Walter Pincus [“With move on Syria, Senate panel oversteps its power,” Fine Print, May 23] was highly critical of the Senate Foreign Relations Committee passing the Syria Transition Support Act. His wrongheaded commentary fell into an oversimplified story line that Congress is broken. Whether one supports or disagrees with the vote, it proves that bipartisanship can overcome differences.

In crafting this bill, which passed 15 to 3, the committee sought to tip the scales against Syrian President Bashar al-Assad and toward groups working to build a free Syria. The bill gives the administration more flexibility to provide humanitarian aid and puts in place necessary steps in planning for a post-Assad Syria.

This agreement signifies the best of what this committee represents. Members came together to hold hearings, examine intelligence reports and consult with world leaders. In the past two years, senators traveled to the Middle East to meet with refugees and regional allies. We forged an agreement in the spirit of compromise. Our vote gives the commander in chief another option in his policy tool kit.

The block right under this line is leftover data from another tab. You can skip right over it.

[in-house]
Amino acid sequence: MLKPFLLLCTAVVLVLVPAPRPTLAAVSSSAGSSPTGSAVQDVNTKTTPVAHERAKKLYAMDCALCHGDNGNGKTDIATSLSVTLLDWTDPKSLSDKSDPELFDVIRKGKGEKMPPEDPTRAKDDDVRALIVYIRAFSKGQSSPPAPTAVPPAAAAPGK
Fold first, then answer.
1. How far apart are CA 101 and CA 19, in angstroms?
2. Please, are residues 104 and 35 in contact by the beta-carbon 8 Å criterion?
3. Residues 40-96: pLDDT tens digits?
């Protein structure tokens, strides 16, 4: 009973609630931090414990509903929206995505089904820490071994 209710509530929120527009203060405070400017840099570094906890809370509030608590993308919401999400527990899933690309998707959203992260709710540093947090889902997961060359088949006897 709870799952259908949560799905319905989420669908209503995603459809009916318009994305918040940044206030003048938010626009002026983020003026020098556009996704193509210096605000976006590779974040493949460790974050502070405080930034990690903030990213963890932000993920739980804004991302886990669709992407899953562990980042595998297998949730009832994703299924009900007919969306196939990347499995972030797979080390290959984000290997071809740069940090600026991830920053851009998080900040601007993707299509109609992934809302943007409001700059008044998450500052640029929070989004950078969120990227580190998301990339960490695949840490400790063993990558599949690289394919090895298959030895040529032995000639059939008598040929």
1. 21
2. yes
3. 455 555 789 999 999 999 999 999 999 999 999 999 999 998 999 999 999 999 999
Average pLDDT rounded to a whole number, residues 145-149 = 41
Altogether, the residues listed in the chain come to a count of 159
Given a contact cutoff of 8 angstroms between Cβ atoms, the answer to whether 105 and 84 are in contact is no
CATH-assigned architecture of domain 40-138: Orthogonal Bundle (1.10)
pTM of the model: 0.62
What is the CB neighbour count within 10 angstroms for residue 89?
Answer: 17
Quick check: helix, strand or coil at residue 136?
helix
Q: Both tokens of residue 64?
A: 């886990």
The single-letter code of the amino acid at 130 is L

Mr. Pincus concluded that U.S. involvement in Syria needs a long, serious look. The committee has done that. Vital U.S. interests are at stake, including Middle East stability and the need to secure chemical weapons and to deny a haven for extremists. I hold former senator J.W. Fulbright (D-Ark.) and his foreign policy successes in the highest of esteem, and I am convinced that he, too, would have supported this process. With more than 80,000 dead, millions displaced and instability rising in the region, it’s time to move from examination to action.

Robert Menendez, Washington

The writer, a Democrat from New Jersey, is chairman of the Senate Foreign Relations Committee.